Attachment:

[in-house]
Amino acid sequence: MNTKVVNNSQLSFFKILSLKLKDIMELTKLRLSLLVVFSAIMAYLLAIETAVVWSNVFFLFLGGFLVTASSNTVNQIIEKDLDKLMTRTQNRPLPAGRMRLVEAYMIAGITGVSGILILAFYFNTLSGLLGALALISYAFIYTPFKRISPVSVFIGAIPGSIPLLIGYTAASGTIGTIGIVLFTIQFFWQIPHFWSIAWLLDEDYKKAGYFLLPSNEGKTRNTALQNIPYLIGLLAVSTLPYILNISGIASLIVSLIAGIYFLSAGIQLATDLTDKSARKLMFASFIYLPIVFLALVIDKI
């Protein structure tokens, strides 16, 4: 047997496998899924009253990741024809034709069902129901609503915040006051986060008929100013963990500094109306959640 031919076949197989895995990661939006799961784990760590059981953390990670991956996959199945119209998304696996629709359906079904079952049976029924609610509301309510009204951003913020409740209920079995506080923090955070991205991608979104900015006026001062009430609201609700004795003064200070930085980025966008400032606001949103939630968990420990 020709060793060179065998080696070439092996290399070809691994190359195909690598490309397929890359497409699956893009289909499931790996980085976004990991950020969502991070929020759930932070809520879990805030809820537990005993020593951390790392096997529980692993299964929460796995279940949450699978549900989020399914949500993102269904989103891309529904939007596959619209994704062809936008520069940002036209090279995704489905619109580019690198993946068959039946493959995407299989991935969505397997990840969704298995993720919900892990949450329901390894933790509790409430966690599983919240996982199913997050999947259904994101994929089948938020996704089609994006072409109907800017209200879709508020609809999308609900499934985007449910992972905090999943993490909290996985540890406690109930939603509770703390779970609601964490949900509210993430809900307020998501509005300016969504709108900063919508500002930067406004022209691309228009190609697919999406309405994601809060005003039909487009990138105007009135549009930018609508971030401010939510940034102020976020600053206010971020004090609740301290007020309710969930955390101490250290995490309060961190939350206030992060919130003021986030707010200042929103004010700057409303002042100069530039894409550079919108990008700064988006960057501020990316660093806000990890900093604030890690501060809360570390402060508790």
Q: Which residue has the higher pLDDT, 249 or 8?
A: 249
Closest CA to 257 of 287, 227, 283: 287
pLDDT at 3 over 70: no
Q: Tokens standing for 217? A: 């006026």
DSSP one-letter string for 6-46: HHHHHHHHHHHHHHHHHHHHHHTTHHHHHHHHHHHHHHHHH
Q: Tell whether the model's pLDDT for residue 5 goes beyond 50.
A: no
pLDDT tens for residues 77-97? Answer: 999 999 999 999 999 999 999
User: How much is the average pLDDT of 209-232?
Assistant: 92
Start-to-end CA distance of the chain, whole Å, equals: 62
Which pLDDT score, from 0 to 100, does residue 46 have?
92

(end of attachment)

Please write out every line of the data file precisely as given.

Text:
[in-house]
Amino acid sequence: MNTKVVNNSQLSFFKILSLKLKDIMELTKLRLSLLVVFSAIMAYLLAIETAVVWSNVFFLFLGGFLVTASSNTVNQIIEKDLDKLMTRTQNRPLPAGRMRLVEAYMIAGITGVSGILILAFYFNTLSGLLGALALISYAFIYTPFKRISPVSVFIGAIPGSIPLLIGYTAASGTIGTIGIVLFTIQFFWQIPHFWSIAWLLDEDYKKAGYFLLPSNEGKTRNTALQNIPYLIGLLAVSTLPYILNISGIASLIVSLIAGIYFLSAGIQLATDLTDKSARKLMFASFIYLPIVFLALVIDKI
């Protein structure tokens, strides 16, 4: 047997496998899924009253990741024809034709069902129901609503915040006051986060008929100013963990500094109306959640 031919076949197989895995990661939006799961784990760590059981953390990670991956996959199945119209998304696996629709359906079904079952049976029924609610509301309510009204951003913020409740209920079995506080923090955070991205991608979104900015006026001062009430609201609700004795003064200070930085980025966008400032606001949103939630968990420990 020709060793060179065998080696070439092996290399070809691994190359195909690598490309397929890359497409699956893009289909499931790996980085976004990991950020969502991070929020759930932070809520879990805030809820537990005993020593951390790392096997529980692993299964929460796995279940949450699978549900989020399914949500993102269904989103891309529904939007596959619209994704062809936008520069940002036209090279995704489905619109580019690198993946068959039946493959995407299989991935969505397997990840969704298995993720919900892990949450329901390894933790509790409430966690599983919240996982199913997050999947259904994101994929089948938020996704089609994006072409109907800017209200879709508020609809999308609900499934985007449910992972905090999943993490909290996985540890406690109930939603509770703390779970609601964490949900509210993430809900307020998501509005300016969504709108900063919508500002930067406004022209691309228009190609697919999406309405994601809060005003039909487009990138105007009135549009930018609508971030401010939510940034102020976020600053206010971020004090609740301290007020309710969930955390101490250290995490309060961190939350206030992060919130003021986030707010200042929103004010700057409303002042100069530039894409550079919108990008700064988006960057501020990316660093806000990890900093604030890690501060809360570390402060508790």
Q: Which residue has the higher pLDDT, 249 or 8?
A: 249
Closest CA to 257 of 287, 227, 283: 287
pLDDT at 3 over 70: no
Q: Tokens standing for 217? A: 């006026």
DSSP one-letter string for 6-46: HHHHHHHHHHHHHHHHHHHHHHTTHHHHHHHHHHHHHHHHH
Q: Tell whether the model's pLDDT for residue 5 goes beyond 50.
A: no
pLDDT tens for residues 77-97? Answer: 999 999 999 999 999 999 999
User: How much is the average pLDDT of 209-232?
Assistant: 92
Start-to-end CA distance of the chain, whole Å, equals: 62
Which pLDDT score, from 0 to 100, does residue 46 have?
92